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140 votes

What was the point of separating stdout and stderr?

Because you might not want error messages in your output. According to computer scientist Stephen C. Johnson: One of the most amusing and unexpected consequences of phototypesetting was the Unix ...
snips-n-snails's user avatar
123 votes
Accepted

How did people use ed?

It's a line editor (meaning, you can't see all the text at a time. You query line numbers and it spits it back, but it came before vi, where you can use hjkl to navigate up and down the screen). How ...
Raffzahn's user avatar
  • 224k
116 votes
Accepted

Why is Windows using CR+LF and Unix just LF when Unix is the older system?

This is covered largely in the history section of Wikipedia’s entry on newlines. Basically there are two primary lineages of operating systems leading to modern-day desktop usage: Windows on the one ...
Stephen Kitt's user avatar
113 votes
Accepted

What was the point of separating stdout and stderr?

You are thinking that all output is for human reading. For instance, take the Unix cpio command. It writes the archive to stdout, which is always redirected to a device or file. It writes the ...
mannaggia's user avatar
  • 3,264
102 votes
Accepted

How could early UNIX OS comprise so few lines of code?

If you look at the code in the modern Linux kernel, you will find that most of the code is in the device drivers. There are tens of millions of lines of code to support everything imaginable -- the ...
RETRAC's user avatar
  • 13.7k
86 votes
Accepted

What's the story behind the name "X11"?

The short version is that X11 was the first widely-disseminated version, and it turned out to be good enough to remain as-is for thirty years. X is the X Window System, which at its core is a ...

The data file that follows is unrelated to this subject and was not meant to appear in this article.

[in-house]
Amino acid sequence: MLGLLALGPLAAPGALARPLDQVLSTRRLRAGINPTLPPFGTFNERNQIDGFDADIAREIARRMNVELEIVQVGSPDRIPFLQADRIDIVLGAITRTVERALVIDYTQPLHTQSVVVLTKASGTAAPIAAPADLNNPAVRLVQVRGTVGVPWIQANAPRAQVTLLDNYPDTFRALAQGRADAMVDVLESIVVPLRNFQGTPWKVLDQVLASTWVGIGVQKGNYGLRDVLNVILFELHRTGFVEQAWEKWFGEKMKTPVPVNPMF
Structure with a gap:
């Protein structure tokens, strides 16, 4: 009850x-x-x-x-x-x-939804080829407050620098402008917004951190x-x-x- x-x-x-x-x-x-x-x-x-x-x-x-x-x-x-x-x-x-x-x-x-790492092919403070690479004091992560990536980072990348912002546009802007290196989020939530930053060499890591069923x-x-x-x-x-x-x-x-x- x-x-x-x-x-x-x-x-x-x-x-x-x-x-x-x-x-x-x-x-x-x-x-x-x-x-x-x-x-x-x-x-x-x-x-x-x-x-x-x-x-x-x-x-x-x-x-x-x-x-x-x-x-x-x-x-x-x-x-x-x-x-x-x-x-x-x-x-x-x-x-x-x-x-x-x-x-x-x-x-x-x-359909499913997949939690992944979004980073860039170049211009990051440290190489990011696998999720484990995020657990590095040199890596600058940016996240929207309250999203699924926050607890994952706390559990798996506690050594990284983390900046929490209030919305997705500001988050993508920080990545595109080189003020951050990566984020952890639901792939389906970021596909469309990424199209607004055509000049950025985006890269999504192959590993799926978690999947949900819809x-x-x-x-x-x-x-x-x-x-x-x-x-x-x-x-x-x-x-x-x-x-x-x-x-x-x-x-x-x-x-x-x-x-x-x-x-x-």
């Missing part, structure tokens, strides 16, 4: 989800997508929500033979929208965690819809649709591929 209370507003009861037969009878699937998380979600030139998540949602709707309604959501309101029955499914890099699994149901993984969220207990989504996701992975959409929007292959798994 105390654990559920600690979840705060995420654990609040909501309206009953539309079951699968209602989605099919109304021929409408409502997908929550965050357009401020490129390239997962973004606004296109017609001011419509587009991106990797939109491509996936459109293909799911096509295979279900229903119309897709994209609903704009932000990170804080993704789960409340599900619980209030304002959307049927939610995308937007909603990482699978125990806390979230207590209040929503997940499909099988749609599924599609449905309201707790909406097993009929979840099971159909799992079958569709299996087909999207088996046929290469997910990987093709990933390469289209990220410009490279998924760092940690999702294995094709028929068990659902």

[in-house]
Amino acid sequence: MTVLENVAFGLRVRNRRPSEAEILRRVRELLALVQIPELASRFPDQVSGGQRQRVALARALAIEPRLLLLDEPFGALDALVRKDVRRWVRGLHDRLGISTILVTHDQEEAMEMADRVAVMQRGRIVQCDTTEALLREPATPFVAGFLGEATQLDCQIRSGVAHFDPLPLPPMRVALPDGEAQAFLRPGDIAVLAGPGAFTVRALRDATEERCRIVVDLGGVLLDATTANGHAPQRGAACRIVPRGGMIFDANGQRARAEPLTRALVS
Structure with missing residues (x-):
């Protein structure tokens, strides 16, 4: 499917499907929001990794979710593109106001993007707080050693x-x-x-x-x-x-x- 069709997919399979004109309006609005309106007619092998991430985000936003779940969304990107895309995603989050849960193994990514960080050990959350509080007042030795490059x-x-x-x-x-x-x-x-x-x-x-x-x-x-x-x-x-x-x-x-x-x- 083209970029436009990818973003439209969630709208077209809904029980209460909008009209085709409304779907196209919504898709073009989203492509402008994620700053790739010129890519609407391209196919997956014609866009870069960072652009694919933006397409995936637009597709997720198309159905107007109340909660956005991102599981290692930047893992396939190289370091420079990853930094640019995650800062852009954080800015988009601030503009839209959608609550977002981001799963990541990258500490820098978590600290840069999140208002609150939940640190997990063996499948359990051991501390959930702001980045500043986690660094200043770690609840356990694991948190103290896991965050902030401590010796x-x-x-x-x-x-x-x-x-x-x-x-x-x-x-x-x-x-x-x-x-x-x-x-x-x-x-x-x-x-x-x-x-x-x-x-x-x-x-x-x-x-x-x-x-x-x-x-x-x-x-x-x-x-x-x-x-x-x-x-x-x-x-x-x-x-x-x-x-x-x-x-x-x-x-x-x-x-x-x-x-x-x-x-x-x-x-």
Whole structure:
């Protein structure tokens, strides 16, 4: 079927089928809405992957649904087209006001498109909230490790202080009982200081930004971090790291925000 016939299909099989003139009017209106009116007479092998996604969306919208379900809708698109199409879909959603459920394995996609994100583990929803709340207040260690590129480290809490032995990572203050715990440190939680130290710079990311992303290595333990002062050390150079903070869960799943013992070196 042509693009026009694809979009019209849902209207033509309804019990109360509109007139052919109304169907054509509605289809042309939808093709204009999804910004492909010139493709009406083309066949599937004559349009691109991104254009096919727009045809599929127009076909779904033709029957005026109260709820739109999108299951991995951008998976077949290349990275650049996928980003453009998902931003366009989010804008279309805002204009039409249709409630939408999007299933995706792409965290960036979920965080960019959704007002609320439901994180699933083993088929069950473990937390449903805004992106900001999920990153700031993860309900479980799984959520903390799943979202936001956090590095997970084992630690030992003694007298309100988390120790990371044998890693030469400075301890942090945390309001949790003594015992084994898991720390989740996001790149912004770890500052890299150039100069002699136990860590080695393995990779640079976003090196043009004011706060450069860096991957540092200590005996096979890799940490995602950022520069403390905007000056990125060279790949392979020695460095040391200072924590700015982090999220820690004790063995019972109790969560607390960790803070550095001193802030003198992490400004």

Stephen Kitt's user avatar
79 votes
Accepted

When was the famous "sudo warning" introduced? Under what background? By whom?

The message appears in sudo’s revision control (in its current guise) in June 1993, in the University of Colorado version of sudo, in a slightly shorter form: We trust you have received the usual ...
Stephen Kitt's user avatar
77 votes
Accepted

Why did base64 win against uuencode?

I’m not sure about specific events, but I think the main reason Base64 “won” is that it’s one of the binary encodings supported by MIME, and MIME took over. So perhaps the question then becomes two-...
Stephen Kitt's user avatar
75 votes

How could early UNIX OS comprise so few lines of code?

Yes, and you can buy it in a fully annotated book and have your own copy to peruse, should you be a skeptic: Lions, John; (1996) "Lions' Commentary on Unix", ISBN 978-1573980135 I have had a ...
Brian Tompsett - 汤莱恩's user avatar
72 votes

How did people use ed?

The reason you can't keep a 20 line program in your head is because you don't have to any more. Same reason you probably don't know any phone numbers. But back in the day, we certainly did do this. I ...